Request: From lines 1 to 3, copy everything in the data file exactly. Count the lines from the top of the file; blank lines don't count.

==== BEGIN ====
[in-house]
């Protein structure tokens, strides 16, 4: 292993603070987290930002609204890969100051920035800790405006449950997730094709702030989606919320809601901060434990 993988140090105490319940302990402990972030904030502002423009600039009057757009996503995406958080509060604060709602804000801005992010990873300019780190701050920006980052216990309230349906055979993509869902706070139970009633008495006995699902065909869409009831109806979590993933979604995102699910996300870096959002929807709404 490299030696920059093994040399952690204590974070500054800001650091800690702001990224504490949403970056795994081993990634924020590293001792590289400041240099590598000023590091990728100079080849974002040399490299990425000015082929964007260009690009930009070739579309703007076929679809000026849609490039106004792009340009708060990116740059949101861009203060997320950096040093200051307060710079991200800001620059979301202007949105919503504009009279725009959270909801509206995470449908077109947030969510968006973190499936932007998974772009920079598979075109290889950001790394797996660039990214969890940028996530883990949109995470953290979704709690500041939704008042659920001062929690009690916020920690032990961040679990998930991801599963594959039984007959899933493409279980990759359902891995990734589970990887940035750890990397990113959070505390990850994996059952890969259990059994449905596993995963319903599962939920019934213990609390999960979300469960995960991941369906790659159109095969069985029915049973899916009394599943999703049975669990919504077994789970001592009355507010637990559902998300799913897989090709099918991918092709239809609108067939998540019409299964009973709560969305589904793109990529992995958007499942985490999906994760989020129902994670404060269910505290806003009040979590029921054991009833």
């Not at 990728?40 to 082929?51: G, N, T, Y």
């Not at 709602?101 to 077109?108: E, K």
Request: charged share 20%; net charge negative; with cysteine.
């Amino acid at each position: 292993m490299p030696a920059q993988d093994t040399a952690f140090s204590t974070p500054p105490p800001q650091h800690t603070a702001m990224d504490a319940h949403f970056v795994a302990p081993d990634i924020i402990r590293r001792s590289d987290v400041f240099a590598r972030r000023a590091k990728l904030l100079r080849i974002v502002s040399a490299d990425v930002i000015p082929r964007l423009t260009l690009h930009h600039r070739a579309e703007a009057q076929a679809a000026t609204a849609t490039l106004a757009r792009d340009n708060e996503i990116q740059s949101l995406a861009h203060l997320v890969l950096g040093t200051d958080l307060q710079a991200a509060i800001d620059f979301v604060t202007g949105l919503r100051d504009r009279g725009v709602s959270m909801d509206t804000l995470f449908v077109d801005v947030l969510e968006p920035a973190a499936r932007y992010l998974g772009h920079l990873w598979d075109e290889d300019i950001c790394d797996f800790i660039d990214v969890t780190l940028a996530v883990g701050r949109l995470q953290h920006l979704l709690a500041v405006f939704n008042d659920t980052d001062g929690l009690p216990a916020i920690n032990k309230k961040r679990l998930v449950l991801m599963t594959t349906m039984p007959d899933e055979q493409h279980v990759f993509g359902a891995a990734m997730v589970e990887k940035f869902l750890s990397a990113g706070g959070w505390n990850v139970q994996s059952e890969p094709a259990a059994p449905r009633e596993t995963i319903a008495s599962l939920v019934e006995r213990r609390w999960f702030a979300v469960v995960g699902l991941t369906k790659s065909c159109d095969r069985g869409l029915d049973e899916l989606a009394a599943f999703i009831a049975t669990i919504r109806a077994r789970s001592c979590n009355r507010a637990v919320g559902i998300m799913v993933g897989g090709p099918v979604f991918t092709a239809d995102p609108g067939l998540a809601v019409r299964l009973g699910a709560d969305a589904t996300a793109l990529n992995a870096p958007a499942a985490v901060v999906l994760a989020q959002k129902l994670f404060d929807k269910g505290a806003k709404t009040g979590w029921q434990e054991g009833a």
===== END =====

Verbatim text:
[in-house]
């Protein structure tokens, strides 16, 4: 292993603070987290930002609204890969100051920035800790405006449950997730094709702030989606919320809601901060434990 993988140090105490319940302990402990972030904030502002423009600039009057757009996503995406958080509060604060709602804000801005992010990873300019780190701050920006980052216990309230349906055979993509869902706070139970009633008495006995699902065909869409009831109806979590993933979604995102699910996300870096959002929807709404 490299030696920059093994040399952690204590974070500054800001650091800690702001990224504490949403970056795994081993990634924020590293001792590289400041240099590598000023590091990728100079080849974002040399490299990425000015082929964007260009690009930009070739579309703007076929679809000026849609490039106004792009340009708060990116740059949101861009203060997320950096040093200051307060710079991200800001620059979301202007949105919503504009009279725009959270909801509206995470449908077109947030969510968006973190499936932007998974772009920079598979075109290889950001790394797996660039990214969890940028996530883990949109995470953290979704709690500041939704008042659920001062929690009690916020920690032990961040679990998930991801599963594959039984007959899933493409279980990759359902891995990734589970990887940035750890990397990113959070505390990850994996059952890969259990059994449905596993995963319903599962939920019934213990609390999960979300469960995960991941369906790659159109095969069985029915049973899916009394599943999703049975669990919504077994789970001592009355507010637990559902998300799913897989090709099918991918092709239809609108067939998540019409299964009973709560969305589904793109990529992995958007499942985490999906994760989020129902994670404060269910505290806003009040979590029921054991009833």
């Not at 990728?40 to 082929?51: G, N, T, Y």